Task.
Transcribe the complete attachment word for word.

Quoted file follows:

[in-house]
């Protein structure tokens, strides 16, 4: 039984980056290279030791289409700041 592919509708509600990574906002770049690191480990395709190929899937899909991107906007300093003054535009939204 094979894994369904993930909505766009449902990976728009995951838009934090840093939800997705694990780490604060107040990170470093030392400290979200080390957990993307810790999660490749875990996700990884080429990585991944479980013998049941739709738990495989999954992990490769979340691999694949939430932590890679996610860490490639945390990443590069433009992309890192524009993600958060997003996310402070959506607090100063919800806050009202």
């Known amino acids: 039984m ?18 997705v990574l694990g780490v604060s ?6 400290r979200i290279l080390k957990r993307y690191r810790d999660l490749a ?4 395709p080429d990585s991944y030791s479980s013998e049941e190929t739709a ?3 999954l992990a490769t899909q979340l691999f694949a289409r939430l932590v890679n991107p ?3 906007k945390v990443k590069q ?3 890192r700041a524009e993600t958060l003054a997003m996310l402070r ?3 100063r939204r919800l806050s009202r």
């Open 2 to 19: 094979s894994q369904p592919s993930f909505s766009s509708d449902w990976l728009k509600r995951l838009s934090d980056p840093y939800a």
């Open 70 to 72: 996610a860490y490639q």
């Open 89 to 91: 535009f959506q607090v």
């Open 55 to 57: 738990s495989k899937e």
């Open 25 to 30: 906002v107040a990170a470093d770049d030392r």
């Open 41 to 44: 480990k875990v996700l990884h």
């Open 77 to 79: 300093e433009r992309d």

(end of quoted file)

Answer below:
[in-house]
């Protein structure tokens, strides 16, 4: 039984980056290279030791289409700041 592919509708509600990574906002770049690191480990395709190929899937899909991107906007300093003054535009939204 094979894994369904993930909505766009449902990976728009995951838009934090840093939800997705694990780490604060107040990170470093030392400290979200080390957990993307810790999660490749875990996700990884080429990585991944479980013998049941739709738990495989999954992990490769979340691999694949939430932590890679996610860490490639945390990443590069433009992309890192524009993600958060997003996310402070959506607090100063919800806050009202």
């Known amino acids: 039984m ?18 997705v990574l694990g780490v604060s ?6 400290r979200i290279l080390k957990r993307y690191r810790d999660l490749a ?4 395709p080429d990585s991944y030791s479980s013998e049941e190929t739709a ?3 999954l992990a490769t899909q979340l691999f694949a289409r939430l932590v890679n991107p ?3 906007k945390v990443k590069q ?3 890192r700041a524009e993600t958060l003054a997003m996310l402070r ?3 100063r939204r919800l806050s009202r």
């Open 2 to 19: 094979s894994q369904p592919s993930f909505s766009s509708d449902w990976l728009k509600r995951l838009s934090d980056p840093y939800a």
């Open 70 to 72: 996610a860490y490639q």
């Open 89 to 91: 535009f959506q607090v």
């Open 55 to 57: 738990s495989k899937e």
């Open 25 to 30: 906002v107040a990170a470093d770049d030392r």
């Open 41 to 44: 480990k875990v996700l990884h």
């Open 77 to 79: 300093e433009r992309d």